As a Wesleyan grad, I wanted to point out the obviously great part of the Pats: He wears a baggy grey hooded sweatshirt and his last name ends in “chick”.

    Nick January 29, 2006, 12:14 pm
  • Wesleyan? I’m an Eph, Nick. Class of ’90.
    As for the Pats, I disagree with Brad. Not only is their coach truly great, but so is Rodney Harrison (pre-injury), Brady, Bruschi, Seymour, I could go on. The false premise that the Pats were not stocked with “great” players but were merely a great assemblage of role players demeans many of the guys who would be stars anywhere, and it’s an argument that is a phony slap by those who can’t stand their success. YF himself thinks very little of Brady.

    SF January 29, 2006, 12:40 pm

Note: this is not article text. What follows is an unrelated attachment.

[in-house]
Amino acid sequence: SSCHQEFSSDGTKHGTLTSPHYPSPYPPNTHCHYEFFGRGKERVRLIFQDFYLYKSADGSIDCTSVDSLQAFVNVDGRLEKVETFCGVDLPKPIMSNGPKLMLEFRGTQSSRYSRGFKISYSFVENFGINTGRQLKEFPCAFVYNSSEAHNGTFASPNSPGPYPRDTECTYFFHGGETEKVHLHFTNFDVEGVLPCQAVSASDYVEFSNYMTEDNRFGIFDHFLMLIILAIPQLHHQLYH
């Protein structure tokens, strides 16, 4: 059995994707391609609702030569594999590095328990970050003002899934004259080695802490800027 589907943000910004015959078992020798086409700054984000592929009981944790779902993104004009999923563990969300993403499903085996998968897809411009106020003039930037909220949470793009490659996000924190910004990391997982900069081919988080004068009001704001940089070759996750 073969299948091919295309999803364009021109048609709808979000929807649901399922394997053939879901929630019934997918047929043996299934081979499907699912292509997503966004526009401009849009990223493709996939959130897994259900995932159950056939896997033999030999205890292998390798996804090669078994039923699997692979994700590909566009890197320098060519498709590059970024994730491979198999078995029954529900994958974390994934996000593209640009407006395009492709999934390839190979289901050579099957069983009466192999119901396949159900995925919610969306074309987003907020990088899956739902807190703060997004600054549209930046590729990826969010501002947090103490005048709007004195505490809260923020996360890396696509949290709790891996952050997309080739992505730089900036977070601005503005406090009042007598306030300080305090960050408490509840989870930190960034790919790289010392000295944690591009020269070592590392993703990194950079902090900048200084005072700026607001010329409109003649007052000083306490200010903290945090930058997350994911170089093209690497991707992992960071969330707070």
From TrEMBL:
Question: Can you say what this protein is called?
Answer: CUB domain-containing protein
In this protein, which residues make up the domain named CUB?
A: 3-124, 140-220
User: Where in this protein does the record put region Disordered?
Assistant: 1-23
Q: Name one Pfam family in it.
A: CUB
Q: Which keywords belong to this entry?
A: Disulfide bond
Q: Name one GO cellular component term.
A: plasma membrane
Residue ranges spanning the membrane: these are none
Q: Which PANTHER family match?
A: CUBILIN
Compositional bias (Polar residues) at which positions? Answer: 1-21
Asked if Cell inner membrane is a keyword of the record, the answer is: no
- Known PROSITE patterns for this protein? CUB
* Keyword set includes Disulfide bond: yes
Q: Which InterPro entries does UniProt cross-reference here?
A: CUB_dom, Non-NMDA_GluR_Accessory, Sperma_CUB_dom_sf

• The estimable Dave Pinto points out two inexcusable errors. Apologies. That’s what happens when we post at 11:30, after an exceedingly long day. Mea Culpa.

    YF January 29, 2006, 3:39 pm
  • I think very little of Brady? I think Brady is a fine, fine quarterback. Put him in Canton. I won’t object. It’s just that he’s no Joe Montana. (Or Marino, for that matter.) I’d compare him to Aikman, and does anyone seriously think of him as the game’s greatest ever?
    Getting back to the subject at hand, I quote Branch Rickey: “Luck is the residue of design.”

    YF January 29, 2006, 4:16 pm
  • What’s an Eph?
    Williams, SF? I guess we’re just natural rivals. Though I’m 10 years your junior (a little older than Coco Crisp, and younger than Damon). I offer greater roster and payroll flexibility. In turn, you’d be the youngest pitcher on either team’s staff.

    Nick January 30, 2006, 12:39 pm
  • Put the Pats teams up against say the Steelers teams of the 70’s and you’ll see the difference between luck and greatness.
    How many HOFers did the ’78 Steelers have in the starting lineup?

    lp January 30, 2006, 4:31 pm
  • Eph, SF, HOF — sounds like a Dr. Seuss book in the making.